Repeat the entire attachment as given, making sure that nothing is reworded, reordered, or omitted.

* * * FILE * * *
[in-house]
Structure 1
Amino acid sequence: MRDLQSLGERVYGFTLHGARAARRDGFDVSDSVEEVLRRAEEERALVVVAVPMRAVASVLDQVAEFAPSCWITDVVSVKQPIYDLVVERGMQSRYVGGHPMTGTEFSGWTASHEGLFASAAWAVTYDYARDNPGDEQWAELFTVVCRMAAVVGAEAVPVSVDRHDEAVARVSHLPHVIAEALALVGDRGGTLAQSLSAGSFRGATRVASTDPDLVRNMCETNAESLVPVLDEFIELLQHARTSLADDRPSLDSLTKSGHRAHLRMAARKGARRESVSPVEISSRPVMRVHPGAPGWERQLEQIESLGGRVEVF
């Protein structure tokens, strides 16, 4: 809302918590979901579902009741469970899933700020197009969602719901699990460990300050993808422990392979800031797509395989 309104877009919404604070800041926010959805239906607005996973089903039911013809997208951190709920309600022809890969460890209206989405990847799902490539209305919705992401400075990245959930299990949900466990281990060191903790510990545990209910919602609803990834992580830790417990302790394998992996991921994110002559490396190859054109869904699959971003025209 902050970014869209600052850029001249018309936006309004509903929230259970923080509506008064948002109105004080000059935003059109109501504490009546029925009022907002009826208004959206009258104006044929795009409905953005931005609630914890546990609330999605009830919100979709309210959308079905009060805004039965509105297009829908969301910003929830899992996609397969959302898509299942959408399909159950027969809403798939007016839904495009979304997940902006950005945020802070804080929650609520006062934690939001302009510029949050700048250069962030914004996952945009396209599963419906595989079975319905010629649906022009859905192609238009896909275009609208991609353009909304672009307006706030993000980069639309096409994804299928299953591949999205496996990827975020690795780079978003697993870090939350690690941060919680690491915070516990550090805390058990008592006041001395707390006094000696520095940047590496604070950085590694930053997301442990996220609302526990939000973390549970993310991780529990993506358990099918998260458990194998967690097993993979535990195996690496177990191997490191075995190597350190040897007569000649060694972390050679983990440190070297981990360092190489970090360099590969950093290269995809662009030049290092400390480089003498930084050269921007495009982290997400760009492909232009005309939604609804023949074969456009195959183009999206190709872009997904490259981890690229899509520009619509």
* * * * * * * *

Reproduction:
[in-house]
Structure 1
Amino acid sequence: MRDLQSLGERVYGFTLHGARAARRDGFDVSDSVEEVLRRAEEERALVVVAVPMRAVASVLDQVAEFAPSCWITDVVSVKQPIYDLVVERGMQSRYVGGHPMTGTEFSGWTASHEGLFASAAWAVTYDYARDNPGDEQWAELFTVVCRMAAVVGAEAVPVSVDRHDEAVARVSHLPHVIAEALALVGDRGGTLAQSLSAGSFRGATRVASTDPDLVRNMCETNAESLVPVLDEFIELLQHARTSLADDRPSLDSLTKSGHRAHLRMAARKGARRESVSPVEISSRPVMRVHPGAPGWERQLEQIESLGGRVEVF
């Protein structure tokens, strides 16, 4: 809302918590979901579902009741469970899933700020197009969602719901699990460990300050993808422990392979800031797509395989 309104877009919404604070800041926010959805239906607005996973089903039911013809997208951190709920309600022809890969460890209206989405990847799902490539209305919705992401400075990245959930299990949900466990281990060191903790510990545990209910919602609803990834992580830790417990302790394998992996991921994110002559490396190859054109869904699959971003025209 902050970014869209600052850029001249018309936006309004509903929230259970923080509506008064948002109105004080000059935003059109109501504490009546029925009022907002009826208004959206009258104006044929795009409905953005931005609630914890546990609330999605009830919100979709309210959308079905009060805004039965509105297009829908969301910003929830899992996609397969959302898509299942959408399909159950027969809403798939007016839904495009979304997940902006950005945020802070804080929650609520006062934690939001302009510029949050700048250069962030914004996952945009396209599963419906595989079975319905010629649906022009859905192609238009896909275009609208991609353009909304672009307006706030993000980069639309096409994804299928299953591949999205496996990827975020690795780079978003697993870090939350690690941060919680690491915070516990550090805390058990008592006041001395707390006094000696520095940047590496604070950085590694930053997301442990996220609302526990939000973390549970993310991780529990993506358990099918998260458990194998967690097993993979535990195996690496177990191997490191075995190597350190040897007569000649060694972390050679983990440190070297981990360092190489970090360099590969950093290269995809662009030049290092400390480089003498930084050269921007495009982290997400760009492909232009005309939604609804023949074969456009195959183009999206190709872009997904490259981890690229899509520009619509």